Limits...
Estimation of salt intake from spot urine samples in patients with chronic kidney disease.

Ogura M, Kimura A, Takane K, Nakao M, Hamaguchi A, Terawaki H, Hosoya T - BMC Nephrol (2012)

Bottom Line: Estimated sodium excretion significantly correlated with measured sodium excretion (R = 0.52, P < 0.01).Estimated sodium excretion had high accuracy to predict measured sodium excretion, especially when the cut-off point was >170 mEq/day (AUC 0.835).The present study demonstrated that spot urine can be used to estimate sodium excretion, especially in patients with low eGFR.

View Article: PubMed Central - HTML - PubMed

Affiliation: Division of Kidney and Hypertension, Department of Internal Medicine, The Jikei University School of Medicine, Nishi-shinbashi, Minato-ku, Tokyo, Japan.Themogura@jikei.ac.jp.

ABSTRACT

Background: High salt intake in patients with chronic kidney disease (CKD) may cause high blood pressure and increased albuminuria. Although, the estimation of salt intake is essential, there are no easy methods to estimate real salt intake.

Methods: Salt intake was assessed by determining urinary sodium excretion from the collected urine samples. Estimation of salt intake by spot urine was calculated by Tanaka's formula. The correlation between estimated and measured sodium excretion was evaluated by Pearson´s correlation coefficients. Performance of equation was estimated by median bias, interquartile range (IQR), proportion of estimates within 30% deviation of measured sodium excretion (P30) and root mean square error (RMSE).The sensitivity and specificity of estimated against measured sodium excretion were separately assessed by receiver-operating characteristic (ROC) curves.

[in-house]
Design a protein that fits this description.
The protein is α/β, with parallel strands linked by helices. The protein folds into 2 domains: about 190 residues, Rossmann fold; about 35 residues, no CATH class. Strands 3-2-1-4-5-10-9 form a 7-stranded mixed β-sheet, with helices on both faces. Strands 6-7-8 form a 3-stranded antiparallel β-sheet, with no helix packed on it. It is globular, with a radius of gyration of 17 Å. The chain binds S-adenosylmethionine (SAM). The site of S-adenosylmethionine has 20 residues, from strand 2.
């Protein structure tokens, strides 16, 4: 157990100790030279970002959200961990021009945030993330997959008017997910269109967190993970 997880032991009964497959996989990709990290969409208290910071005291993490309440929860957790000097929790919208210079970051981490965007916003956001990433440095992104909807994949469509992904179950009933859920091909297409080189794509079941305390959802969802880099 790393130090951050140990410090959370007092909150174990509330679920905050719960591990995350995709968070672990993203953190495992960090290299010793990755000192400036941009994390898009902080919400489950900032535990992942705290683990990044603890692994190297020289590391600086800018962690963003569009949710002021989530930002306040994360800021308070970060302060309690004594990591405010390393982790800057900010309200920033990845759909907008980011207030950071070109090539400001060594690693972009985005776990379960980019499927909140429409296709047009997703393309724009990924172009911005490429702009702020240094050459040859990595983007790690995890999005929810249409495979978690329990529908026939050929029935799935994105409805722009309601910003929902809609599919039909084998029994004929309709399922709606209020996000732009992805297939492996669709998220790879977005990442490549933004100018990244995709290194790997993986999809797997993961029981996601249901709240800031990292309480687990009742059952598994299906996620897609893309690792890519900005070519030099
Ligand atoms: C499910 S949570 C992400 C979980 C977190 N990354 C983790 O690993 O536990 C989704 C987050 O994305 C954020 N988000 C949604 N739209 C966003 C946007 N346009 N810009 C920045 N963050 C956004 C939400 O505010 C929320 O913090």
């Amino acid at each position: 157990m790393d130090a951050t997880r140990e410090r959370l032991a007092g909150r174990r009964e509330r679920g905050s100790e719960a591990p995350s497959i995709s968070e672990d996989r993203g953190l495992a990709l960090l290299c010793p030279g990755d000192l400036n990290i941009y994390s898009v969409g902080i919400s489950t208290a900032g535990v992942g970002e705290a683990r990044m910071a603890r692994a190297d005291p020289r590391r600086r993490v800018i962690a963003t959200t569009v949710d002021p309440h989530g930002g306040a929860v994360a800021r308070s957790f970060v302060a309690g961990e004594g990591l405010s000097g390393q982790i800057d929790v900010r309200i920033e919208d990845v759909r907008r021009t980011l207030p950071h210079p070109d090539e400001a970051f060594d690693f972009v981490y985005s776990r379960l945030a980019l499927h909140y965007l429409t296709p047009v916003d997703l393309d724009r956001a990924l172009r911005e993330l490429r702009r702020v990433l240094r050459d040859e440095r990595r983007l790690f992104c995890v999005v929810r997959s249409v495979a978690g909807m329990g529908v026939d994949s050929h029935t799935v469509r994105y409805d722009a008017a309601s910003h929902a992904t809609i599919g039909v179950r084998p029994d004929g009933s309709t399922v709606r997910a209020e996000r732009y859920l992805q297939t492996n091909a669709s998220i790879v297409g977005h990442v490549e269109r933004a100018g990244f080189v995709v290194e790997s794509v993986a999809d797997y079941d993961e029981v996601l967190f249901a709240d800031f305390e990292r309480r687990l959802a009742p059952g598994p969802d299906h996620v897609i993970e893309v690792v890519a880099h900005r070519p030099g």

Results: A total of 334 urine samples from 96 patients were examined. Mean age was 58 ± 16 years, and estimated glomerular filtration rate (eGFR) was 53 ± 27 mL/min. Among these patients, 35 had CKD stage 1 or 2, 39 had stage 3, and 22 had stage 4 or 5. Estimated sodium excretion significantly correlated with measured sodium excretion (R = 0.52, P < 0.01). There was apparent correlation in patients with eGFR <30 mL/min (R = 0.60, P < 0.01). Moreover, IQR was lower and P30 was higher in patients with eGFR < 30 mL/min. Estimated sodium excretion had high accuracy to predict measured sodium excretion, especially when the cut-off point was >170 mEq/day (AUC 0.835).

Conclusions: The present study demonstrated that spot urine can be used to estimate sodium excretion, especially in patients with low eGFR.

No MeSH data available.


Related in: MedlinePlus

Accuracy and precision of estimates expressed as P30 and IQR categorized by eGFR. Highest accuracy within 30% and lowest precision were found for samples with an eGFR <30 mL/min. P30: percentage of estimated sodium intake within 30% of measured sodium intake, IQR: interquartile range
© Copyright Policy - open-access
Related In: Results  -  Collection

License
getmorefigures.php?uid=PMC3472175&req=5

Figure 4: Accuracy and precision of estimates expressed as P30 and IQR categorized by eGFR. Highest accuracy within 30% and lowest precision were found for samples with an eGFR <30 mL/min. P30: percentage of estimated sodium intake within 30% of measured sodium intake, IQR: interquartile range

Mentions: Table 2 demonstrated performance of urinary sodium estimating equation in patients with CKD. Median bias was 4.5 and percentage bias was 2.7%. IQR, an indicator of precision, was 53 mEq/ day. RMSE and P30, an indicator of accuracy, were 50 mEq/ day and 70%, respectively in overall patients. For each of the eGFR equations, the dataset was split into 3 groups: eGFR <30, 30–60, and >60 mL/min. Median bias and IQR were lower in patients with eGFR < 30 mL/min. Moreover, RMSE was lower and P30 was higher in patients at lower levels of eGFR (Table 2, Figure 4).